Every operation is represented by a specifically-configured map where a team should carry out a specific task: defend the base, escort a convoy, save the aircraft carrier, etc. The options are quite diverse, except that you can't rob the convoys yet. Some operations, for example Operation Dynamo, are inspired by real-life events and are literally re-enacted in the game.


World of Warships is a team-based game. A team consists of 7 to 12 players, depending on the battle type, of which there are five: Random Battle, Co-op Battle (against bots), Operations (advanced PvE mode), and two seasonal competitive modes?Ranked Battles and Clan Battles.


The developers' love for history is a whole other story. A lot of content in World of Warships is driven by it, including historical campaigns and collections.

The name "Collections" is self-explanatory. Players can collect rare collectibles, for example, military orders, ship emblems, adapted war years photographs, and so on. These items are provided with informative historical notes enclosed. Gathering the whole collection brings a remuneration.

Campaigns are multi-stage marathons of personal combat missions. By completing them, players earn rewards as well as acquaint themselves with certain historical personalities or events along the way (for example, with Isoroku Yamamoto or the final trip of battleship Bismarck). For completing all missions in a campaign, players can receive truly valuable rewards, including the Japanese admiral himself represented by a unique ship commander.


Commanders are an integral part of World of Warships. Just like ships, they accumulate experience in battles, and this can be used for research of commander skills. Some skills improve a ship's combat characteristics, others bring new abilities.


However, both collections and campaigns may not always be historically accurate. The developers clearly don't perceive the setting as a restriction and are not afraid to add things to the game which, it would seem, may not belong there. For example, a collection, a camouflage, and animé commanders (High School Fleet). This may also include large-scale events dedicated to April Fool's Day and Halloween which have become an annual tradition. The attitude to such experiments may vary, therefore the "Do not display" option has been thoughtfully added to the client.

Summing up: seven unique PvE scenarios, a full-fledged Clans functionality including a competitive battle mode, three historical campaigns, and four new Tech Tree branches—that is what 2017 looked like in World of Warships.

A lot of diverse content has appeared in the game, and this year the developers have managed to introduce a small reform to systematize it. This has been done through the introduction of themed arcs. The arcs consist of two to three updates released one after another and united by a common theme.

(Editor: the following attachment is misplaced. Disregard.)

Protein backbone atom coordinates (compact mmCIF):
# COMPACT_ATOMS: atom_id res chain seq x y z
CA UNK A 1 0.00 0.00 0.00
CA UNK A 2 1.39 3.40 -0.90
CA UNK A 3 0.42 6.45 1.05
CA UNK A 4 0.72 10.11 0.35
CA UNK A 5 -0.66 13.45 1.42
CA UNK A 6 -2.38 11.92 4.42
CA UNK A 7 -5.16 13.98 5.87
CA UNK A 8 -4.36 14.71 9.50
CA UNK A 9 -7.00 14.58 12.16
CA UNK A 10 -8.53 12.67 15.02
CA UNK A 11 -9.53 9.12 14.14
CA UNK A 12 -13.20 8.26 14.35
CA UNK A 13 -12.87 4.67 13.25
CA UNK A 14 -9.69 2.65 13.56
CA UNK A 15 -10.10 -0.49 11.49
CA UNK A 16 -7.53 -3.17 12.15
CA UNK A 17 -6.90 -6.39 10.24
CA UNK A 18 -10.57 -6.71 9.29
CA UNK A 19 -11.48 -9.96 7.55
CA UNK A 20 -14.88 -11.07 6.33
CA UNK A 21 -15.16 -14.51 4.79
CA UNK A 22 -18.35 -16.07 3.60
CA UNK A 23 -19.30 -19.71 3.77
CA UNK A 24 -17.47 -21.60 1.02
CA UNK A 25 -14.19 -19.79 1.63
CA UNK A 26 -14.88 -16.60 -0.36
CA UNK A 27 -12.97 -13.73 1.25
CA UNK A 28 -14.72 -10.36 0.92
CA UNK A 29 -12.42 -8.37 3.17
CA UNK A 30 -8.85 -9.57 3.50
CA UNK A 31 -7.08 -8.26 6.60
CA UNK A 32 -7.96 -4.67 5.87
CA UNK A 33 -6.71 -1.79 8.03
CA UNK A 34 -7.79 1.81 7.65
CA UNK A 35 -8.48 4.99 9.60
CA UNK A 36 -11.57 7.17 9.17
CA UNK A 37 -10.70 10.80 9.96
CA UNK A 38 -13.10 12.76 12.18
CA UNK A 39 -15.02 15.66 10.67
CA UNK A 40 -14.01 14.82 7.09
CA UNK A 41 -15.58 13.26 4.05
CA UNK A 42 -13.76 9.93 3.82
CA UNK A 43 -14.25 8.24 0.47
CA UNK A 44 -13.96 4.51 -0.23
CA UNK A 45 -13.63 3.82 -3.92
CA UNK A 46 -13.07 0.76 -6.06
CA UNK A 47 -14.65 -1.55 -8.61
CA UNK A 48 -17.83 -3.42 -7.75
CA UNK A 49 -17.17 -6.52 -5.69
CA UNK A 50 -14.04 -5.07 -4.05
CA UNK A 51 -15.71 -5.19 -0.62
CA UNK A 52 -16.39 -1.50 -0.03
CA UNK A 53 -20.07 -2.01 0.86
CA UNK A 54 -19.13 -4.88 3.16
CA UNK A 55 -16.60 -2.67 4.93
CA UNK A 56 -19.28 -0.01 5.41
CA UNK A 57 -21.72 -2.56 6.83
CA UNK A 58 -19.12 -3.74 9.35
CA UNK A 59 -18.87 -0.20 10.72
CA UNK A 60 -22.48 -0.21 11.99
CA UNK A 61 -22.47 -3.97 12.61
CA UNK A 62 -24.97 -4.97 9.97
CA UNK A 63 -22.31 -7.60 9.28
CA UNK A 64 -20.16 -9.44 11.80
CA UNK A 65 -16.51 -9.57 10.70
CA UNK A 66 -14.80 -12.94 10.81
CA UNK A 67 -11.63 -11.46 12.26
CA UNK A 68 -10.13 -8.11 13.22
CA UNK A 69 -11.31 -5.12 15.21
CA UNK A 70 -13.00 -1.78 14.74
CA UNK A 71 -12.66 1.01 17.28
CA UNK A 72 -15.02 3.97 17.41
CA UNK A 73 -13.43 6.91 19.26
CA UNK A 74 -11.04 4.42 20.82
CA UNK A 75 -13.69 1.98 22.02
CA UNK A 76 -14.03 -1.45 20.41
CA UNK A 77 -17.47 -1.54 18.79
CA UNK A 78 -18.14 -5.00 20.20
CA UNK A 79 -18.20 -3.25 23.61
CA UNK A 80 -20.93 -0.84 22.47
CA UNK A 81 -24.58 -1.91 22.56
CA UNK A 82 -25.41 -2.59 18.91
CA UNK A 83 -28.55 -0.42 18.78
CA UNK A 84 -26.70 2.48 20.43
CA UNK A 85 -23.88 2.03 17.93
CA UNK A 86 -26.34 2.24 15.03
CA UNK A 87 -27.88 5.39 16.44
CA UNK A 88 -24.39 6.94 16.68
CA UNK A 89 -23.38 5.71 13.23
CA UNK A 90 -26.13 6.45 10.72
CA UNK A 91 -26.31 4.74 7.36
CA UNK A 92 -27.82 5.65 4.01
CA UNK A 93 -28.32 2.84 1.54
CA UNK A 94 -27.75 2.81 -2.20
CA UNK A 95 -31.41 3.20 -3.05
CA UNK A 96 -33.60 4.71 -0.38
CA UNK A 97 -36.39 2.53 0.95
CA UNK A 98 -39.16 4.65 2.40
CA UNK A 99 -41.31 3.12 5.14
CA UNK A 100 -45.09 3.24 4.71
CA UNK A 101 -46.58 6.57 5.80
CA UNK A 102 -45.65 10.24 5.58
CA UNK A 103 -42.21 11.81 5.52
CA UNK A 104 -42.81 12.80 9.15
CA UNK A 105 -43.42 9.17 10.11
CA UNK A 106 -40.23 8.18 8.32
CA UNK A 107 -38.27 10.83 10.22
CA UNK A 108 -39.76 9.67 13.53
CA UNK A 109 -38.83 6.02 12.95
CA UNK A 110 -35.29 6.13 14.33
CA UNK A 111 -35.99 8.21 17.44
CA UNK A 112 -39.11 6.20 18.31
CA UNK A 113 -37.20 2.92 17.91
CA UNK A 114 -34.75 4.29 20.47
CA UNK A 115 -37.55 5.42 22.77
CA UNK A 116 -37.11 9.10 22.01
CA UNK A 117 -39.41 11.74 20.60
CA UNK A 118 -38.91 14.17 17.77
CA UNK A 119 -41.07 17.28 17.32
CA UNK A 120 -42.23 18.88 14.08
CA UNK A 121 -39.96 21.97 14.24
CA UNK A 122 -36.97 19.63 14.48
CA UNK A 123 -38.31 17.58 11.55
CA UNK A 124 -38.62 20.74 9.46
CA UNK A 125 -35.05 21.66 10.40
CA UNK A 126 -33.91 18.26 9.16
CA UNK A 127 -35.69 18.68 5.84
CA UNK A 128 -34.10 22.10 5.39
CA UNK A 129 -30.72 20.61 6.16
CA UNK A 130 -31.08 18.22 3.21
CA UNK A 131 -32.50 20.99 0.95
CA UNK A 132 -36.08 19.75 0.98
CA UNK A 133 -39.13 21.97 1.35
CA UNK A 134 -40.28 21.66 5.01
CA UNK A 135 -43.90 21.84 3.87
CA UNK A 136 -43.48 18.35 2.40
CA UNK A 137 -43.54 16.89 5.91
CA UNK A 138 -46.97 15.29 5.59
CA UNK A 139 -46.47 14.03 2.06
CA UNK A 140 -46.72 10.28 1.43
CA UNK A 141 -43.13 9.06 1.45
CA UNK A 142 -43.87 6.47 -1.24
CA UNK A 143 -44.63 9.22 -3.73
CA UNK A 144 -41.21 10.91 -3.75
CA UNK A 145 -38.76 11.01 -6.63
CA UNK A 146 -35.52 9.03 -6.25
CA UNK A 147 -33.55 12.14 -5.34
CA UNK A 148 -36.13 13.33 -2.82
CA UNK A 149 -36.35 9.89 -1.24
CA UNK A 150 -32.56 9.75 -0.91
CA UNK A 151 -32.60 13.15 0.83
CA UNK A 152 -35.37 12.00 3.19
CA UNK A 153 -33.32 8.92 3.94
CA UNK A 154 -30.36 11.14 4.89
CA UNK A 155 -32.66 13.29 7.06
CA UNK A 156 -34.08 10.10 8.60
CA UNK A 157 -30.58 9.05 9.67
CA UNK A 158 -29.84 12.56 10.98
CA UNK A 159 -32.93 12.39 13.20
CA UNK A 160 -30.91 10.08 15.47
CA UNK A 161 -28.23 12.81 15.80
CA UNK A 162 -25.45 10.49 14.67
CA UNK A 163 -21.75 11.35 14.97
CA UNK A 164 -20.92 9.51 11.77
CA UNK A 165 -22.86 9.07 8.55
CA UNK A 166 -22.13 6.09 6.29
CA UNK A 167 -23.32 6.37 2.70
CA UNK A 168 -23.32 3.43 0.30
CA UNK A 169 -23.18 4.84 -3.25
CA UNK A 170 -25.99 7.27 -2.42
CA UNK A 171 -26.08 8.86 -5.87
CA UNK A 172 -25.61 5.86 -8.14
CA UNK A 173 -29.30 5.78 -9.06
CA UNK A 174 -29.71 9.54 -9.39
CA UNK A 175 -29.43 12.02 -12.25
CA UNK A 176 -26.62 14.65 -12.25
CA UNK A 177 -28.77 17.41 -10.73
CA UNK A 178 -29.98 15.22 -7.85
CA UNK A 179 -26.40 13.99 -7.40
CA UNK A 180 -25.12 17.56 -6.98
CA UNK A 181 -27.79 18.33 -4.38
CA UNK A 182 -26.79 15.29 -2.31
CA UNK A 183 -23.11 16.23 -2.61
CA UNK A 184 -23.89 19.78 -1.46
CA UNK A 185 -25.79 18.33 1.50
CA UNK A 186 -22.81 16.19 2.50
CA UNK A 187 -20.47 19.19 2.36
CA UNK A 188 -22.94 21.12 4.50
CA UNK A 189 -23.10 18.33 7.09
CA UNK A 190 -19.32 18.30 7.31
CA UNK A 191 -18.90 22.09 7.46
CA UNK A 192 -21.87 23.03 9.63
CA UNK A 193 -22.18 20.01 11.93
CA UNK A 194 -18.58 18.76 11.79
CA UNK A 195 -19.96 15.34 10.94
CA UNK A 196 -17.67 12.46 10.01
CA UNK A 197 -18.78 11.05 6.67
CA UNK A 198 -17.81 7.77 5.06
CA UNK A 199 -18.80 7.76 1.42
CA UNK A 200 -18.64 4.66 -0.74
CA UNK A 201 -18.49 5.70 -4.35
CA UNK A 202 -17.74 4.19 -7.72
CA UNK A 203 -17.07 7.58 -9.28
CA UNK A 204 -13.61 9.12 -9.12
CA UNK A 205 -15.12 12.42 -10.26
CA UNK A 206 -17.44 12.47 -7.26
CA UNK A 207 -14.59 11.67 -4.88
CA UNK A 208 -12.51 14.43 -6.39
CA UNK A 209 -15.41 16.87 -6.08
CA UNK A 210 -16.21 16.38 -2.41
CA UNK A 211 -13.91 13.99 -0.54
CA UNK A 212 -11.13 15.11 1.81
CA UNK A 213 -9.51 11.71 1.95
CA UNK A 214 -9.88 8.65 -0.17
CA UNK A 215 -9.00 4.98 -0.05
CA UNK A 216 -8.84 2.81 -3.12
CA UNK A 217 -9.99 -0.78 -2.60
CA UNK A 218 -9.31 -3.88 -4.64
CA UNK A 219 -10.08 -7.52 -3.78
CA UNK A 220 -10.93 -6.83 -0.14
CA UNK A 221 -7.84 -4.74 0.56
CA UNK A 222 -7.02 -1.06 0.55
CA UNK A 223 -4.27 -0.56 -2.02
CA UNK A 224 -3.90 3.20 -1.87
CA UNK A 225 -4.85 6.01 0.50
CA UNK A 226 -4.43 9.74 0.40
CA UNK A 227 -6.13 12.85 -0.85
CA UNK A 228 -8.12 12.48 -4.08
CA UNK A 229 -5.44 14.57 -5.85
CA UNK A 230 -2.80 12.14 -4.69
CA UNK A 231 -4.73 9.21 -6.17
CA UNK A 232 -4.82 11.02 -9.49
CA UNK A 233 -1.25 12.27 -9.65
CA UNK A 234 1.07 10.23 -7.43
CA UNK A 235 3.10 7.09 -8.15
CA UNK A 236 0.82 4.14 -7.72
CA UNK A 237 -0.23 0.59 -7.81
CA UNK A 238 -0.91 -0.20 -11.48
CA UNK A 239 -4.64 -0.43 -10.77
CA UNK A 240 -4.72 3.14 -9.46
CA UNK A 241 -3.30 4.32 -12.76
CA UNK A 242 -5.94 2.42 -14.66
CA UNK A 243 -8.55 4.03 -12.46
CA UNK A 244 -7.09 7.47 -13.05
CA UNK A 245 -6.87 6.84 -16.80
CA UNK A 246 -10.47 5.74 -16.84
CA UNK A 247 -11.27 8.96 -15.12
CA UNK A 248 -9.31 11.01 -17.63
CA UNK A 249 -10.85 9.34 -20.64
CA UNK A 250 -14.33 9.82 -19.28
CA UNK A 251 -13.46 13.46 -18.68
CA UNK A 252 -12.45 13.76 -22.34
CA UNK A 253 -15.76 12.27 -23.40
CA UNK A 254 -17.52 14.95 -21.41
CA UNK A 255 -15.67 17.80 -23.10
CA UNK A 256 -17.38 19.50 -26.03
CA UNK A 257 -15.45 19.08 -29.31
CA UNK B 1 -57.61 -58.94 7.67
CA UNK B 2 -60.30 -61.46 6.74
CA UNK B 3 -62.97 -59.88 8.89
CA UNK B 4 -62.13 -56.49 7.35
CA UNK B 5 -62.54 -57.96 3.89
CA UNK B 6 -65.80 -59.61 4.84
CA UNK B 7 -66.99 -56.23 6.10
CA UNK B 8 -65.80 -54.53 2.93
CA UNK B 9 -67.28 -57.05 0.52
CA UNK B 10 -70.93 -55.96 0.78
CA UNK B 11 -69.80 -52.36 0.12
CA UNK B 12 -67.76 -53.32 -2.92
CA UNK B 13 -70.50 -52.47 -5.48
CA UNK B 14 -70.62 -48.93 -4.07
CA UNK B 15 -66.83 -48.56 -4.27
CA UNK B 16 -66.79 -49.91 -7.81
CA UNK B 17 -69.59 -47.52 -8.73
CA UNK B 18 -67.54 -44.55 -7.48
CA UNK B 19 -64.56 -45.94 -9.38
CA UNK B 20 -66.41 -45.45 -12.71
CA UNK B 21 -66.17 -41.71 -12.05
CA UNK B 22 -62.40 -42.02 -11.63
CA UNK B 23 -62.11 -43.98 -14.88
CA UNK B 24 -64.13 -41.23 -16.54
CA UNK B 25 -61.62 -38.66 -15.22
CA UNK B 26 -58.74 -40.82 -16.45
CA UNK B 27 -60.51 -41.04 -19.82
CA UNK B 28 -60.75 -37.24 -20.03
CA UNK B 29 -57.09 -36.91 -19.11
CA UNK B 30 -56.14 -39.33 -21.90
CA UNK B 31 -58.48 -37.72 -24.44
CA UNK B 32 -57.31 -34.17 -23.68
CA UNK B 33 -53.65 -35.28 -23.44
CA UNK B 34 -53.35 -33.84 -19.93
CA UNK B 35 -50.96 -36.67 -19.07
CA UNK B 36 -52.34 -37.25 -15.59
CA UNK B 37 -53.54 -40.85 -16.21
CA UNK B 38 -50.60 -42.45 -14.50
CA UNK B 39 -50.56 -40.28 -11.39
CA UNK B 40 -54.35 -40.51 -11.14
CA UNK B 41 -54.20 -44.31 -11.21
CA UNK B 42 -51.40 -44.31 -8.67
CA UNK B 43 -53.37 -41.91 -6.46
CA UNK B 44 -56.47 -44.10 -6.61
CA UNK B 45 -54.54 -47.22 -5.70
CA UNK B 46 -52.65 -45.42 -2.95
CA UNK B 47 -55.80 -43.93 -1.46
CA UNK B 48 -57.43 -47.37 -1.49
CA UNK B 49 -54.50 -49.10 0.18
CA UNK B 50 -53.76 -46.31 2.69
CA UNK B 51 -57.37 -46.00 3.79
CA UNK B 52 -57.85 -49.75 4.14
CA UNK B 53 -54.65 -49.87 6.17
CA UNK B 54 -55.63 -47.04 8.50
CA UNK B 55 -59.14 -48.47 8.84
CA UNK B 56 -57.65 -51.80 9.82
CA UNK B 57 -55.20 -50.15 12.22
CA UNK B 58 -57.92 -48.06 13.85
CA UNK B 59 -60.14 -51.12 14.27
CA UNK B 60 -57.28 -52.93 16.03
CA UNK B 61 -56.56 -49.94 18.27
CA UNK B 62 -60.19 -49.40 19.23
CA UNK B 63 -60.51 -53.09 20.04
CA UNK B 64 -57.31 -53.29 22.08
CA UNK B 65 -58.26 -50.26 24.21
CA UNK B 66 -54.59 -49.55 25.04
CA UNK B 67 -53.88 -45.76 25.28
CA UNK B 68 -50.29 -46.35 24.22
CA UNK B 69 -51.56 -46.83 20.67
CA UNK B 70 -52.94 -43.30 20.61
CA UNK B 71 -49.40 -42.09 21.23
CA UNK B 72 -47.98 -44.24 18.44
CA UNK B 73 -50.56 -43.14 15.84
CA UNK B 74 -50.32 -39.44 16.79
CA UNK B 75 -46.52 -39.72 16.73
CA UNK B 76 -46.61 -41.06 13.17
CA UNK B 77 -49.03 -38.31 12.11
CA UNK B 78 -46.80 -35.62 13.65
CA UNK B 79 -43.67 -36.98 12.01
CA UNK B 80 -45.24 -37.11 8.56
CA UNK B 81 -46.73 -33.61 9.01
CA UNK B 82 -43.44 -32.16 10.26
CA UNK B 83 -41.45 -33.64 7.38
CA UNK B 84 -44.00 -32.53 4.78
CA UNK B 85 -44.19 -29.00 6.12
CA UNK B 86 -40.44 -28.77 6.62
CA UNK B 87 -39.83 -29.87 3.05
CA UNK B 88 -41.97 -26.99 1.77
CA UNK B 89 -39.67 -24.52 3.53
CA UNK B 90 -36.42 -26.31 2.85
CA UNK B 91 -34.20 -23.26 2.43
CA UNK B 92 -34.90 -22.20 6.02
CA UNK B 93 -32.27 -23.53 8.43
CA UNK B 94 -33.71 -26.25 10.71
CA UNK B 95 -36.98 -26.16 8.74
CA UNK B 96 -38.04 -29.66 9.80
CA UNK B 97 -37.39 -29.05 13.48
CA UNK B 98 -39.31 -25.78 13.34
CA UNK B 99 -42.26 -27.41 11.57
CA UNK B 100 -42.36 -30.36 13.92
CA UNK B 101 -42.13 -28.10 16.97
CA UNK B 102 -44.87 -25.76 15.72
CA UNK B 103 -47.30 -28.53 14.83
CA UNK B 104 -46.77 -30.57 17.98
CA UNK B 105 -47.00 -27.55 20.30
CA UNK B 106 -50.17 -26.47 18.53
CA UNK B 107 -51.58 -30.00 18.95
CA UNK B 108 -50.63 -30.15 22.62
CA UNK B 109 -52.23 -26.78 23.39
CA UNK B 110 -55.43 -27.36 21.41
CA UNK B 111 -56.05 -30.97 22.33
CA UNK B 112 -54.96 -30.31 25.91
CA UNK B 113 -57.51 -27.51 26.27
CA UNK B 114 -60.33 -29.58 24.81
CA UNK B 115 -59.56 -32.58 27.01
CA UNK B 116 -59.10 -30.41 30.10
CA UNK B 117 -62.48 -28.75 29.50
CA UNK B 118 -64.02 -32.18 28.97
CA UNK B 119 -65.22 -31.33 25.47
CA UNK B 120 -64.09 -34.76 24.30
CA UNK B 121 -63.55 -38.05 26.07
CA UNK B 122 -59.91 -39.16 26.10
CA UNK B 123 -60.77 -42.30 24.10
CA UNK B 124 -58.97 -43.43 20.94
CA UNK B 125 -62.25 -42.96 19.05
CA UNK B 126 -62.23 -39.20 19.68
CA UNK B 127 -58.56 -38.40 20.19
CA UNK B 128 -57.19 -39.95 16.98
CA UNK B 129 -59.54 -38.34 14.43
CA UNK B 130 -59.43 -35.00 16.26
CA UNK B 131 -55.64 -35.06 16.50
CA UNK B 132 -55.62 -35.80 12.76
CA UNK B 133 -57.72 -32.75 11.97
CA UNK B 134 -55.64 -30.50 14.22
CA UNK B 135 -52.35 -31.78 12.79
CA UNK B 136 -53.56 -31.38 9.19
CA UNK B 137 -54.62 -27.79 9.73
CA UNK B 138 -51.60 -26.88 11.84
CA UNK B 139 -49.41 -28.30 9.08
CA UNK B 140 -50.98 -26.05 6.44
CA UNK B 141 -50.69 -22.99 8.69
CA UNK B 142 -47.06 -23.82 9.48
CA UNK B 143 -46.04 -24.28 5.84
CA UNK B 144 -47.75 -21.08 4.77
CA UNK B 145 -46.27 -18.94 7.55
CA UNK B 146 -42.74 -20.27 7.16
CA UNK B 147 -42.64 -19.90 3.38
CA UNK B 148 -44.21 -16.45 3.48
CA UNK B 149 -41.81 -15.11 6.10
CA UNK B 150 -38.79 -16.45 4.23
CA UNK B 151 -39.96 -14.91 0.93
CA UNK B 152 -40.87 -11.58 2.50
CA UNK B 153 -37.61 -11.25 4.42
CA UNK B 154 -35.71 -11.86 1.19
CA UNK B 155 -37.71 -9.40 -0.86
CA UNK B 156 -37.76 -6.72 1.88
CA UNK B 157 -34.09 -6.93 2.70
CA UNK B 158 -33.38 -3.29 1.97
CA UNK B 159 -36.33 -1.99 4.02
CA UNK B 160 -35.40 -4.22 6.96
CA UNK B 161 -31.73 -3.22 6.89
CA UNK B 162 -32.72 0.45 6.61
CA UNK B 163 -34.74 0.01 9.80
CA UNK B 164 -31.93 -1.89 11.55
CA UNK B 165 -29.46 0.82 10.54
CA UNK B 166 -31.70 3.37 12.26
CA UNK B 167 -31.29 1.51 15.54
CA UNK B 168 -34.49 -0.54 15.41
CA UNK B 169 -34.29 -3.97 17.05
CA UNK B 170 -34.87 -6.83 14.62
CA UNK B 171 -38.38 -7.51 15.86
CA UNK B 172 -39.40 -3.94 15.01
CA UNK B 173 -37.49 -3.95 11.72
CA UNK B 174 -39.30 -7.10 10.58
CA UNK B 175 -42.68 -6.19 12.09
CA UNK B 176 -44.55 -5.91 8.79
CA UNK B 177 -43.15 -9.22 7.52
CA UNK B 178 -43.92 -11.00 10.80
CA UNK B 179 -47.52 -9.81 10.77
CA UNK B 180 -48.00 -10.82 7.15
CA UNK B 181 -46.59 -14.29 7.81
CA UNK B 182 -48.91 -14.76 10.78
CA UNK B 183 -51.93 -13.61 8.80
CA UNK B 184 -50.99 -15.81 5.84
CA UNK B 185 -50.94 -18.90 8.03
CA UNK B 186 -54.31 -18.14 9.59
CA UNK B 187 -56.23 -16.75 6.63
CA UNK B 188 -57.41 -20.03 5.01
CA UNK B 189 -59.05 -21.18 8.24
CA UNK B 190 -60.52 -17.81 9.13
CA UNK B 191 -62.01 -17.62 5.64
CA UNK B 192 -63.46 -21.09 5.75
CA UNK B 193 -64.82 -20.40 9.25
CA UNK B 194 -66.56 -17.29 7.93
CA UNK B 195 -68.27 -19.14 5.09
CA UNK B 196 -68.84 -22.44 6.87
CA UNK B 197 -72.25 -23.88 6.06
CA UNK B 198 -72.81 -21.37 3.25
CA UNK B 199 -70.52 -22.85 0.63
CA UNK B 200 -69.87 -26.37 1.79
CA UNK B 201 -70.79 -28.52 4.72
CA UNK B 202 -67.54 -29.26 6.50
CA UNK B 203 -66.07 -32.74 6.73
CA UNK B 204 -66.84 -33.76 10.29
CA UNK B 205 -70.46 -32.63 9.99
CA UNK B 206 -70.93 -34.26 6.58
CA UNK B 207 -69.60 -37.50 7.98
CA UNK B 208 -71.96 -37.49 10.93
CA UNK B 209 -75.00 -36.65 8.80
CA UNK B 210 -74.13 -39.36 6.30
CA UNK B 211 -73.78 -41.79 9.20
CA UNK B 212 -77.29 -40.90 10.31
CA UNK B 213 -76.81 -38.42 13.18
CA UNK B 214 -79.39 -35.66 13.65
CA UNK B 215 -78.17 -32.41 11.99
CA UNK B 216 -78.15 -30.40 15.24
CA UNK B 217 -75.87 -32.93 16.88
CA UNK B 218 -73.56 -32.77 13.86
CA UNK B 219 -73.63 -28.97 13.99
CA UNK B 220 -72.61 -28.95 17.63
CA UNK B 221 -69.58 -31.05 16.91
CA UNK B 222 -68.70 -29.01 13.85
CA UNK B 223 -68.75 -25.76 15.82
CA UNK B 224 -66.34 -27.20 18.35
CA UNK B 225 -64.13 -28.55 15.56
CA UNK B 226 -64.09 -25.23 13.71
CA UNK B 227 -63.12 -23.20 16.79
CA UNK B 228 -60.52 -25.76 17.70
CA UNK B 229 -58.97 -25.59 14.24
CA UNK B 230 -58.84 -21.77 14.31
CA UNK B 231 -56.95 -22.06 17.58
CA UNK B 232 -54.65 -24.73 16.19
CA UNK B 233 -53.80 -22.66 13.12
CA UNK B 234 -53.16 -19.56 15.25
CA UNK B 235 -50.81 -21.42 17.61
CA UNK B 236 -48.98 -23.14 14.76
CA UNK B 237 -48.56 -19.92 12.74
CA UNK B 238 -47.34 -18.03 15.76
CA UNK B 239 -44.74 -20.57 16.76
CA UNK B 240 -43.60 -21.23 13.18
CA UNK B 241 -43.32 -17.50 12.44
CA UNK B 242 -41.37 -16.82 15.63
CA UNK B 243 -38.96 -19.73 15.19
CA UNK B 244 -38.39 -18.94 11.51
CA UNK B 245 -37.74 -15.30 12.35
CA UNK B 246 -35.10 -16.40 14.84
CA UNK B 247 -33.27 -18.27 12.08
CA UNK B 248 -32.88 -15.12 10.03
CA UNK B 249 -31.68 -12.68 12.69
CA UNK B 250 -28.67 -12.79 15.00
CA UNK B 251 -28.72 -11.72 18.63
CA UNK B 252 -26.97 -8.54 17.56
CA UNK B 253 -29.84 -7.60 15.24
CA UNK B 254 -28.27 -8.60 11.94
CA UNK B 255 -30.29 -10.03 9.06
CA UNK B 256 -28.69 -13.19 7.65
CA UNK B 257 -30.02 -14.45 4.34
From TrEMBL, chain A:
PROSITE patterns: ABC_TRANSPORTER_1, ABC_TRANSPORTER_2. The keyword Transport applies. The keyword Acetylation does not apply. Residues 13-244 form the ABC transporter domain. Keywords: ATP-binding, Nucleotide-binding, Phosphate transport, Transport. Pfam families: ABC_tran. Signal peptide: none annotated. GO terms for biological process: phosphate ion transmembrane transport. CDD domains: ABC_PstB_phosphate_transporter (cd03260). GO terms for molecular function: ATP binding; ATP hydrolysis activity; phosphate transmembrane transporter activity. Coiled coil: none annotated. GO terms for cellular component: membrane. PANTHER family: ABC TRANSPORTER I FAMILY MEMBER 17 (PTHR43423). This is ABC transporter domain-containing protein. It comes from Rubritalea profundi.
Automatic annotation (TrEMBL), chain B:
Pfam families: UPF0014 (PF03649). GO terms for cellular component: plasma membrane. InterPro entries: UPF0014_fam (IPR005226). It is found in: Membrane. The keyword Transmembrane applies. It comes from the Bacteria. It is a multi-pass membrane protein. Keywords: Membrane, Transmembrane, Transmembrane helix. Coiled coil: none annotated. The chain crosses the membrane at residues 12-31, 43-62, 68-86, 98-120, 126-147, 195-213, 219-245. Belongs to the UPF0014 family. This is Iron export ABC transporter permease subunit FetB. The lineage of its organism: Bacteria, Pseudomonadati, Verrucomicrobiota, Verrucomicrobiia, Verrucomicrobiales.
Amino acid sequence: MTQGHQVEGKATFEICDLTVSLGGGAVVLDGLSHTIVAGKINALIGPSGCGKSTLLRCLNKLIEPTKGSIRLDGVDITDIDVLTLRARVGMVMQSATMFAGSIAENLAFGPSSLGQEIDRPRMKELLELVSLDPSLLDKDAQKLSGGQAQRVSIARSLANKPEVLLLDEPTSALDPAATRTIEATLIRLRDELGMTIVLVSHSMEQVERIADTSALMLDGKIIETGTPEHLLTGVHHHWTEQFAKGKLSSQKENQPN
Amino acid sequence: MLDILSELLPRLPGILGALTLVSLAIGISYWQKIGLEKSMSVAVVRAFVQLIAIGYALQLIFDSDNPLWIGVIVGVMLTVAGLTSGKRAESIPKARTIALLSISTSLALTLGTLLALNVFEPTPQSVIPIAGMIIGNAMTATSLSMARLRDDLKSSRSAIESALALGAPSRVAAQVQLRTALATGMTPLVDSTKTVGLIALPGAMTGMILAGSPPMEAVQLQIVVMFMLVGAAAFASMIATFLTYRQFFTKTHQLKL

The first such arc was devoted to the French fleet and united Updates 0.7.1 and 0.7.2. One arc featured the "Vive la France!" collection and Port Marseilles, another one?the "Gold of France" campaign, the Hermes operation, and a new branch of French battleships.

The recently released Update 0.7.5 has started the American arc. It includes a campaign, a collection devoted to Admiral William Halsey, the first ever night operation in the game, a month and a half marathon with battle missions meant for earning the Indianapolis Premium cruiser and the beginning of a new Clans season. The arc's main event is the separation of the American cruiser Tech Tree, one of the first in the game.


Apart from the large-scale marathons and campaigns, the game offers daily combat missions bringing different rewards: consumables, experience, credits, and much more. Combat tasks significantly speed up the ships’ research process.


It is the American and Japanese ships that constituted the backbone of the World of Warships fleet at the time of the game release three years ago. Today, the number of available nations has increased to ten, and branches?to twenty one. It should be noted, however, that increasing the number of ships, mechanics, and activities is not the primary goal. The developers constantly go back to the roots and update the entities that, it seems, have stood the test of time. In different versions, that was the case with the matchmaker, the commander skills, the spotting system, and other more important mechanics. Another such event, and quite a symbolic one, is the rebalance of cruiser Cleveland (one of the most popular ships since the alpha-test), upgrading it from Tier VI to Tier VIII. The fleet doesn't stand still and a captain who hasn't checked the game for a long time will need to take a good look around to make sense of the abundance of new features.

In other words, World of Warships is not a project to lose sight of. The guys from Lesta Studio work with great efficiency and enthusiasm, and it will be interesting to see what they come up with for the game's third anniversary.